Inside the kiln, a view through the peep-hole

Inside the kiln, a view through the peep-hole

We finished the construction of our new wood-fired kiln on June 16, 2012 and fired it the same day. It was a great success!

Inspecting a vase after the first firing

Inspecting a pot after the first firing

We started the fires at about 5:20AM and fed wood into the kiln for the next 12 hours. The temperature climbed steadily until it reached about 2100°F, then it began to stall. Toward the end of the firing, it is not uncommon to have difficulty getting the temperature all the way up to the required 2400° F.

Feeding the kiln

Fueling the fire

One of the men from the woodworking shop next door came by and gave us a few suggestions on how to stoke the fire, which helped a lot! Once we made some adjustments to how we were managing the fire, the temperature resumed it’s climb and reached 2400° F in roughly 45 minutes. Then we stopped feeding the fire and closed the fire box doors and the damper.

Unbricking the Kiln Door

Unbricking the kiln’s door

On Monday morning, when we unbricked the door (removed the bricks that form the kiln door) and began taking pots out, the results were beautiful! The colors were more vibrant than they had been in our gas-fired kiln, due to the influence of the ash on the glazes.

Inside the Kiln

A look inside the kiln after the first firing

Overall, we are very pleased with the results of the new kiln and look forward to gaining more experience with it in the weeks ahead.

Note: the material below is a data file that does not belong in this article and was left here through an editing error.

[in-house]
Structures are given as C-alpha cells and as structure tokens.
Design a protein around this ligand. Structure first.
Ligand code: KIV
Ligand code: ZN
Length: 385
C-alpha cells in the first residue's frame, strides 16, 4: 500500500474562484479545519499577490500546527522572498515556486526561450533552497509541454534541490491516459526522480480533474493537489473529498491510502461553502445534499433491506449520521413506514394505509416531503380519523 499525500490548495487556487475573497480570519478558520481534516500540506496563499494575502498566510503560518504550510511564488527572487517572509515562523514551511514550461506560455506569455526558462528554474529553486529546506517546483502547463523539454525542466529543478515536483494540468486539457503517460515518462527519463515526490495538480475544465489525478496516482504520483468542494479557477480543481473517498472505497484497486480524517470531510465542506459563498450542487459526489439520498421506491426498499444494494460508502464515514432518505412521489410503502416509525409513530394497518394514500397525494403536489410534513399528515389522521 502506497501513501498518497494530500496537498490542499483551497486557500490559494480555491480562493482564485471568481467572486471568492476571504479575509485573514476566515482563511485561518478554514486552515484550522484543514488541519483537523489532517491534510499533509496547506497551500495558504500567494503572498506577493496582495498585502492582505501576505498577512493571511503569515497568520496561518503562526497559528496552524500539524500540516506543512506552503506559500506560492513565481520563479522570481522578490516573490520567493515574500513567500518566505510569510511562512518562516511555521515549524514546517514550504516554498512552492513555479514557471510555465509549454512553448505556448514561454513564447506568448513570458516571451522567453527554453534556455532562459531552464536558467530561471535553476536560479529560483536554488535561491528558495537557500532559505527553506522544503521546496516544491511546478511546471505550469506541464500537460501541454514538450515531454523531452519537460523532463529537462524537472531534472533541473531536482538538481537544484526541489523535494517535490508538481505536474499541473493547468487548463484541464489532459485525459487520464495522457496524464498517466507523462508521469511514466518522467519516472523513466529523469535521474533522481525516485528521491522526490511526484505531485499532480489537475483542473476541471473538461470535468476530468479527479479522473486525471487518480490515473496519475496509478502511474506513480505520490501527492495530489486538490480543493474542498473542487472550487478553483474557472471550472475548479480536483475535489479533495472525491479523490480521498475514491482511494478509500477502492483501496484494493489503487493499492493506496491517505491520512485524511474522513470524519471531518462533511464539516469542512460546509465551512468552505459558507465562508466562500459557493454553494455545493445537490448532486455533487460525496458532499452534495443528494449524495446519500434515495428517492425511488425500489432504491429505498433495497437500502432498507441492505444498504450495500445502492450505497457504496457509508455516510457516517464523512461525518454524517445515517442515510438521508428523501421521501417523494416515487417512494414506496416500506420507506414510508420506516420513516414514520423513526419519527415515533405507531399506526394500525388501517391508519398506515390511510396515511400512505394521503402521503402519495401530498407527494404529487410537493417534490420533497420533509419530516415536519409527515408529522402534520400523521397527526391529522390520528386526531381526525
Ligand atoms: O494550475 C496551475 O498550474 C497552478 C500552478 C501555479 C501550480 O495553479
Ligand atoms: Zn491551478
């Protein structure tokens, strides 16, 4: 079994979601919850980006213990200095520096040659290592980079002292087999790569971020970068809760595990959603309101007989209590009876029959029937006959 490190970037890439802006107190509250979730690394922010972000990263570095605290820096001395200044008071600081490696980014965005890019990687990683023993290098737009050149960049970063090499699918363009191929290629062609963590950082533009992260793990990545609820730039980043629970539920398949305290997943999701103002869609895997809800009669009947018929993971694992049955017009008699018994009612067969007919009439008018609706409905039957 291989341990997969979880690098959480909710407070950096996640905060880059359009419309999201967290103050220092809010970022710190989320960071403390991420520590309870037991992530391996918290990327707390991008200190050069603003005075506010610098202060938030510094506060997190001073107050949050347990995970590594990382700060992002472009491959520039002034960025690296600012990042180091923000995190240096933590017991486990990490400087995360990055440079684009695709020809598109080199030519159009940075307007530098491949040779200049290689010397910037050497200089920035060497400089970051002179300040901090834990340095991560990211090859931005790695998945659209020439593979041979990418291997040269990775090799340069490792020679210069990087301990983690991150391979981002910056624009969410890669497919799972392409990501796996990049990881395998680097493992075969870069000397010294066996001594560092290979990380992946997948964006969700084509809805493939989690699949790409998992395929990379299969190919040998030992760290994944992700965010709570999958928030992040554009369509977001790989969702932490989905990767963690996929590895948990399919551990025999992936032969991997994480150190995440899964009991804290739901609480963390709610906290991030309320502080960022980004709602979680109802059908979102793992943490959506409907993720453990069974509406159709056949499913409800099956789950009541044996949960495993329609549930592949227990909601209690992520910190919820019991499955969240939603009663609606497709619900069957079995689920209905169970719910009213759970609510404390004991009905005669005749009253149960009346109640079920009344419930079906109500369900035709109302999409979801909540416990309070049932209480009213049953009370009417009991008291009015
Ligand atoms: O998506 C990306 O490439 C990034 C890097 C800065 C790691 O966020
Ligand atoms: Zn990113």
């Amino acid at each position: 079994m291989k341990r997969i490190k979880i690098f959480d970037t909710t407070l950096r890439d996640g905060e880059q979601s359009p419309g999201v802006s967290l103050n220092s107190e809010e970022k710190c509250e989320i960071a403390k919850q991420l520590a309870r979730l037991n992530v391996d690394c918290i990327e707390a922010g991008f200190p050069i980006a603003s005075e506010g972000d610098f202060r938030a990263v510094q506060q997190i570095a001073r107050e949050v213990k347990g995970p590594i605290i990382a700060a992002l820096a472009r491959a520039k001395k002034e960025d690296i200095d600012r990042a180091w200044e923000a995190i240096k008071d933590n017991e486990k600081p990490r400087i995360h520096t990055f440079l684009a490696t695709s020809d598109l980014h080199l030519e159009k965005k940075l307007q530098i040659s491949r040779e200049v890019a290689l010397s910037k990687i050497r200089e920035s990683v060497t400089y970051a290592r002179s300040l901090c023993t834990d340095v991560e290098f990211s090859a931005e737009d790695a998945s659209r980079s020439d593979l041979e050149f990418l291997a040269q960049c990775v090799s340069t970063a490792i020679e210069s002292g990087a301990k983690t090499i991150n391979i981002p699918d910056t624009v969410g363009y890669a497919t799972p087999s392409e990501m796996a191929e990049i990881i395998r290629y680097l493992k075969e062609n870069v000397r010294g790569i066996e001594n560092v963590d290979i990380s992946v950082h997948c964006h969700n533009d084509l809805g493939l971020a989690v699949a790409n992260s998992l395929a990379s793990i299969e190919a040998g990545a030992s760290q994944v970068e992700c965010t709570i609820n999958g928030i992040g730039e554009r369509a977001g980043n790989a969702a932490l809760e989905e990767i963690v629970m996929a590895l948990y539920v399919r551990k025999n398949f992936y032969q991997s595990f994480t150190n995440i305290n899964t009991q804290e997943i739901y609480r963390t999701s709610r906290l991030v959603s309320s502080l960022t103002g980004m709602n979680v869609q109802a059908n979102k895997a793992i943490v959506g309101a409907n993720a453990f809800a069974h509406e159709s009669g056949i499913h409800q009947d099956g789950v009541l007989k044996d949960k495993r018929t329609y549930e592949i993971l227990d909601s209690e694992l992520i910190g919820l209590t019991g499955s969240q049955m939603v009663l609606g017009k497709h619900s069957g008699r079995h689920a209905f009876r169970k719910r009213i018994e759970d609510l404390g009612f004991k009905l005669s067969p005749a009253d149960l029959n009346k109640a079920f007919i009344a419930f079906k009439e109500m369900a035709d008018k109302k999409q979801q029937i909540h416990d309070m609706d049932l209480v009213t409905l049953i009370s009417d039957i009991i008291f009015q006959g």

Pottery at the end of our first firing

Pots fired in the first firing

Related articles

To read more about the kiln and how and why we built it, read the articles listed below:


Building a Wood-Fired Kiln — A Photo Essay

As described in the update on our wood-fired kiln, our new kiln project is nearly complete.  We thought you might enjoy seeing a photo essay of how it was built.

The base of the fireboxes are laid out, along with the first one-and-a-half courses of fire brick.

Base of the fireboxes

Mortaring and constructing the fireboxes.

Mortaring the fireboxes

Setting the hard bricks for the fireboxes.

More setting of hard bricks for the fireboxes:

Setting hard bricks for the fireboxes

The completed fireboxes with the firebox roof in place.

Completed firebox

One of the fire rods. These are made from a ceramic refractory material that last a lot longer than steel pipes. The wood will be fed into the fire on top of these rods.



The inside of the fire box.


Inside the firebox

The flue, where smoke and fumes will exit the kiln. This channel connects the fireboxes to the chimney.

The flue

The first course of bricks for the firing chamber.

The first course of bricks for the firing chamber

Setting the firebrick in place.

Setting the firebrick in place

A view of the firing chamber after several courses of brick have been laid.

Top view of firing chamber

The firing chamber at about one-half its height.

Firing chamber

Laying bricks from the inside and out.

Laying bricks from inside and outside

Some of our helpers.

The firing chamber at its full height, before the roof has been added. The iron frame is being put in place. The bulk of the kiln is constructed using a method called dry-stacking. The bricks are laid so that they interlock, and the iron frame holds it together.

Firing chamber at full-height

Bolting together the frame.

The completed chamber and framework — ready for the roof.